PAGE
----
Gill on Sheol
Another name or word by which it is expressed, is Sheol, which is often rendered the “grave”; as in Genesis 42:38 and 44:31 and should be where it is sometimes translated “hell,” as in Psalm 16:10 yet in some places it seems as if it could not be understood of that, but of the state or place of punishment of the wicked; as in Psalm 9:17. “The wicked shall be turned into hell”: now to be turned into the earth, or to be laid in the grave, is not peculiar to wicked men; it is the common lot of all, good and bad; it is the house appointed for all living (Job 30:23), but to be enveloped with all darkness, and consumed in a fire, not blown, and an horrible tempest rained on them, is the peculiar portion of wicked men from God (Job 20:26,29; Ps. 11:6). Besides, the phrase being “turned” into it, denotes indignation, contempt, and shame; and is the same with the New Testament phrase, so often used, of being “cast into hell” (Matthew 5:29,30; 8:12) so when this word is used of the adulterous woman, and her ways, that her steps take hold of hell, and her house is the way to it; and that her guests are in the depths of it (Prov. 5:5; 7:27; 9:18) to understand it of the grave, seems not to be strong enough, and to give too low a sense of it; and does not sufficiently express the danger persons are in through her; and into which they are brought: as well as it is not ascribing enough to the way of life, above to the wise, that it secures a person from the grave beneath; and which yet it does not; but rather that it delivers him from the punishment of hell (Prov. 15:24), in like manner, when it is said of hardened and desperate sinners, that they with hell are at an agreement; they seem to outbrave, deride, and bid defiance to more than death and the grave; even to mock at hell, and its torments they give no credit to. It has its name, “Sheol,” from lav because it asks and has, and is never satisfied; and applied, whether to the grave or hell, denotes the insatiableness thereof, (Prov. 27:20 30:16; Isa 5:14; Hab 2:5).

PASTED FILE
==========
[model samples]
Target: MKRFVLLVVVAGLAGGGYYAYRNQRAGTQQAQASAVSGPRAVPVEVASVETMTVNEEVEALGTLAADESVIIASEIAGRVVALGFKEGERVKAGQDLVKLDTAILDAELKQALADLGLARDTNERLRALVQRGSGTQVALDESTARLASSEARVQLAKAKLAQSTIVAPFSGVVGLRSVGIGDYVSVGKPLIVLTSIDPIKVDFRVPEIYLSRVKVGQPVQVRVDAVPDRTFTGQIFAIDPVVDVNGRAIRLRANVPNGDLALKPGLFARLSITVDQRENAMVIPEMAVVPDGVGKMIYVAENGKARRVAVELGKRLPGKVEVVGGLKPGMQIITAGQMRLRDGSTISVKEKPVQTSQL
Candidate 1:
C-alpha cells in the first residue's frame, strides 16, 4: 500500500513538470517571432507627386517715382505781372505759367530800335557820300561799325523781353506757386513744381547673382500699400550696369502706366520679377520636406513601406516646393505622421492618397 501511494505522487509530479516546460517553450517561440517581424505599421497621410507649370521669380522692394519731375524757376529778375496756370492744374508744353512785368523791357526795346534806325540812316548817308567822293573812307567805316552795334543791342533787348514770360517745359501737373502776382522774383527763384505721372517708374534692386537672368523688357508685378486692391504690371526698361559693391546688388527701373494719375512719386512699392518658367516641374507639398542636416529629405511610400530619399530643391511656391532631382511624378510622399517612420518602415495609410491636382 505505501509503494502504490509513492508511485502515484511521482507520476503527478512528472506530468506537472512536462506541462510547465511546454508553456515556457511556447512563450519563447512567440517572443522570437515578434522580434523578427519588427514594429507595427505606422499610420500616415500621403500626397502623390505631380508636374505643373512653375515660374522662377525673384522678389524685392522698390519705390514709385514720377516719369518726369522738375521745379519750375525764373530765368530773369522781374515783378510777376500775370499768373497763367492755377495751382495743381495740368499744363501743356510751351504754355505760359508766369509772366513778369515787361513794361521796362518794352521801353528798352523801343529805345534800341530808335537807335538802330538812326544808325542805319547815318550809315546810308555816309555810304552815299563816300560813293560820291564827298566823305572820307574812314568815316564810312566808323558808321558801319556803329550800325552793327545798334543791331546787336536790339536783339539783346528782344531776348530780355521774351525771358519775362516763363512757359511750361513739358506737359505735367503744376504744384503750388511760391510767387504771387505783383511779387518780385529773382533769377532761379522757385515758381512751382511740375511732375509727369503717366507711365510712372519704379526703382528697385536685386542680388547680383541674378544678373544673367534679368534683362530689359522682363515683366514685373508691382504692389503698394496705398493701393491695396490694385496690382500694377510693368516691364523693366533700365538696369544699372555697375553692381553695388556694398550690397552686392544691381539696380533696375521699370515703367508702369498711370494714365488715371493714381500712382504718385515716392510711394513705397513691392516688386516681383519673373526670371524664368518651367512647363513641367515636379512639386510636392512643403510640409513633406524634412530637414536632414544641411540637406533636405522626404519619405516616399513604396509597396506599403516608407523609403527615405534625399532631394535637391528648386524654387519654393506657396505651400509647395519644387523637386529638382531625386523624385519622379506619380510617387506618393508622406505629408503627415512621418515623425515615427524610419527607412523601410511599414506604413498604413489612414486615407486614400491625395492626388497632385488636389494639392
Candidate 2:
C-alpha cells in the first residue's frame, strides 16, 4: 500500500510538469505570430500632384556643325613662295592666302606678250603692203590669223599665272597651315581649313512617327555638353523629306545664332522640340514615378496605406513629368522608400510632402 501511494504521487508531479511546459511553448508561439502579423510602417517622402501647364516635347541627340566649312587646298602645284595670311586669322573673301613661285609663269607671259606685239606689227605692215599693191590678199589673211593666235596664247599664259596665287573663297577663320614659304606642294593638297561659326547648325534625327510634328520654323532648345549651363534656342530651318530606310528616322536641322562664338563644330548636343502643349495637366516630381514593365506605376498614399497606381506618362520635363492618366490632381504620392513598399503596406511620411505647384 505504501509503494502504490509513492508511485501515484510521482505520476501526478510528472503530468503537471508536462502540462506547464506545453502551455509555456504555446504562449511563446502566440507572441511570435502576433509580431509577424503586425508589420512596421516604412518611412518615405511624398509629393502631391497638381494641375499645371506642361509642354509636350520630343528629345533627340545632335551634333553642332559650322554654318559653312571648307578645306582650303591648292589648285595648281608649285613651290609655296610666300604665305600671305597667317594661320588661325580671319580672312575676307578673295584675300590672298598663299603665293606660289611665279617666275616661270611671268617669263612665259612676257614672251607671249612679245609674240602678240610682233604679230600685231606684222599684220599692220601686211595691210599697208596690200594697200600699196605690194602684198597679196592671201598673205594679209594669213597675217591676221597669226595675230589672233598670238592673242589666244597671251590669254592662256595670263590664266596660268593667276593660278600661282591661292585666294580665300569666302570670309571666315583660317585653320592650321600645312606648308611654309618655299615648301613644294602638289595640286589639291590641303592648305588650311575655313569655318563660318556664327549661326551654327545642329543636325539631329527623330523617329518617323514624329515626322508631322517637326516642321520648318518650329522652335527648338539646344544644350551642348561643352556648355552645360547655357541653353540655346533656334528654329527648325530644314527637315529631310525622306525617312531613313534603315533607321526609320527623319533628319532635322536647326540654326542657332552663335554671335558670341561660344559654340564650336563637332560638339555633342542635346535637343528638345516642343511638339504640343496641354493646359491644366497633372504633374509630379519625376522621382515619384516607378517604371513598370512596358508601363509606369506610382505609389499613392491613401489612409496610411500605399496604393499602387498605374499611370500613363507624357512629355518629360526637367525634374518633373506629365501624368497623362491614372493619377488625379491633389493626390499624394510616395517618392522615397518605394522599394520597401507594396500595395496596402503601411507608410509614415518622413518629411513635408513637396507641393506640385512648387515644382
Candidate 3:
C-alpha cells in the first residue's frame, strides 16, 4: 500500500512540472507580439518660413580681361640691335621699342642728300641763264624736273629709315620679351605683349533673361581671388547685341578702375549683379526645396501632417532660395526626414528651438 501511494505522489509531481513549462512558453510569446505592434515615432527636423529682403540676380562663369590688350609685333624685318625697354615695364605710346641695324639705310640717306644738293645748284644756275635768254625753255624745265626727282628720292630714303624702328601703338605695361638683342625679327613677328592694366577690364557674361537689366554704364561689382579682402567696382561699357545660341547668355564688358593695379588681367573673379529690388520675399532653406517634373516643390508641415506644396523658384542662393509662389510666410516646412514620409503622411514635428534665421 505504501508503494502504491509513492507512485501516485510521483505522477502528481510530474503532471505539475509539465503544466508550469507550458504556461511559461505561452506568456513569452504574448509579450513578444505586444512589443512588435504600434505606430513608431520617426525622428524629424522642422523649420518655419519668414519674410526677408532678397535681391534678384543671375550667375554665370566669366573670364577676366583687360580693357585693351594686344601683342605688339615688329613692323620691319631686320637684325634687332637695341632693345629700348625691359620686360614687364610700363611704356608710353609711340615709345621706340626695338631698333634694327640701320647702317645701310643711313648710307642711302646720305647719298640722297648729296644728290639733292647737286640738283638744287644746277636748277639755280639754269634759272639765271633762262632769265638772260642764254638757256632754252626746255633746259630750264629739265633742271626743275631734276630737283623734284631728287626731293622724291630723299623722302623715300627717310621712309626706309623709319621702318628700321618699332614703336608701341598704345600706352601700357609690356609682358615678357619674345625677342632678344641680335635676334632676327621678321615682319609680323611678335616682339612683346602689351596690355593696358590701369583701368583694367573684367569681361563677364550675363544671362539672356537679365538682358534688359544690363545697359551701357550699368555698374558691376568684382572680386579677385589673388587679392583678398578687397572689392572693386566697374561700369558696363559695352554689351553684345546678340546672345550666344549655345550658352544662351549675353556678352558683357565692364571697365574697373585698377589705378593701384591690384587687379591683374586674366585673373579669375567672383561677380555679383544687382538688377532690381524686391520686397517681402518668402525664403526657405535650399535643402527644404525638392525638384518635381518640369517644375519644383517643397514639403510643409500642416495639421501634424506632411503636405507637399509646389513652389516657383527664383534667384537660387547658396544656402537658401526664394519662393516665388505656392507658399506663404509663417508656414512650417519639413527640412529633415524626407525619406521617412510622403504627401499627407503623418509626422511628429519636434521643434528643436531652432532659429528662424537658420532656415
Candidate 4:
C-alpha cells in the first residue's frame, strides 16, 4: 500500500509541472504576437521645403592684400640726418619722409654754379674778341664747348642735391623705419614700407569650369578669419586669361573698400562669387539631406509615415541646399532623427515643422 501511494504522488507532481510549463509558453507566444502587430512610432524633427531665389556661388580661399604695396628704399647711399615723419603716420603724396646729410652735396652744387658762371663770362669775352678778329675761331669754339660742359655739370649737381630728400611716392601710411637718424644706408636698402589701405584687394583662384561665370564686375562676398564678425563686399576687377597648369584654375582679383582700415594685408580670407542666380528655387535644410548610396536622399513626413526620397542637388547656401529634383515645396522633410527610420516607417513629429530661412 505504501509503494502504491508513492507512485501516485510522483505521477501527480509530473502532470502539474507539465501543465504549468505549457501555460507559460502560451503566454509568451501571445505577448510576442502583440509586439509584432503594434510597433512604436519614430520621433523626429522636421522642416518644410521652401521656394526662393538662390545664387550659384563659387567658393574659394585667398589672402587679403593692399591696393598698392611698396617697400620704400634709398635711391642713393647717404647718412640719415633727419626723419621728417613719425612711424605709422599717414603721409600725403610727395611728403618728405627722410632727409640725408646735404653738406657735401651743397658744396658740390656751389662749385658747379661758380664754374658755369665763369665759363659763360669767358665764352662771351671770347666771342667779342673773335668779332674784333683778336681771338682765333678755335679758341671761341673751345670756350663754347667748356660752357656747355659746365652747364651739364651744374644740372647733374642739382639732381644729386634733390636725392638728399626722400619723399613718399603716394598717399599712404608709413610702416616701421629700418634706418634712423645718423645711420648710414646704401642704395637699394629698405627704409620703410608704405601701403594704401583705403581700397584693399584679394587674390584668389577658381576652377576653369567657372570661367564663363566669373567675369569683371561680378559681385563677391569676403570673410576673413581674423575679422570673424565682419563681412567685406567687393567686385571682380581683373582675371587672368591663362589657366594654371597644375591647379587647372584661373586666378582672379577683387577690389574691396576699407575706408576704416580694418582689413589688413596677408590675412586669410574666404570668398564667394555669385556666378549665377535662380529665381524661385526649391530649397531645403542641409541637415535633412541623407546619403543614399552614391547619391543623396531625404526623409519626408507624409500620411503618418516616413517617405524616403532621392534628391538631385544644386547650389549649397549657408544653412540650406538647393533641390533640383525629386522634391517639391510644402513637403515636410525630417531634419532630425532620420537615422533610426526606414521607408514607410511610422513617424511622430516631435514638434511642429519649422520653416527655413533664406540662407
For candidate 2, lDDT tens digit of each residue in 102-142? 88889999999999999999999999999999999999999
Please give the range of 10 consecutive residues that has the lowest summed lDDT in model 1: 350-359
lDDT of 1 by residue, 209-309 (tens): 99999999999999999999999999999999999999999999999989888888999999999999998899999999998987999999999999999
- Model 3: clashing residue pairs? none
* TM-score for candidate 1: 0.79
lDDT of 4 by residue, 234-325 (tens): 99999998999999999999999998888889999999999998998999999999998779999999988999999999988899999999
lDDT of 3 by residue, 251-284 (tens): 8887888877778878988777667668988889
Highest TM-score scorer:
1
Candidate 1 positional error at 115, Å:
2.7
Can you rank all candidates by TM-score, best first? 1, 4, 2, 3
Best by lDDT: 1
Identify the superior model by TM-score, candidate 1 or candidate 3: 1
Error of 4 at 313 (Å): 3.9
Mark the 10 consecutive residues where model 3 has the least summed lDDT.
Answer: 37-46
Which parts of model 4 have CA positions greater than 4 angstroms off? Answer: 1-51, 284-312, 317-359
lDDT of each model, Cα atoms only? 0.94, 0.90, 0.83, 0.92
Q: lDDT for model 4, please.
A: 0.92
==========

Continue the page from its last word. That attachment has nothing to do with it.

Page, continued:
- Gill, A Body of Doctrinal Divinity, Bk. 7, Ch. 10, 1b1b.↩
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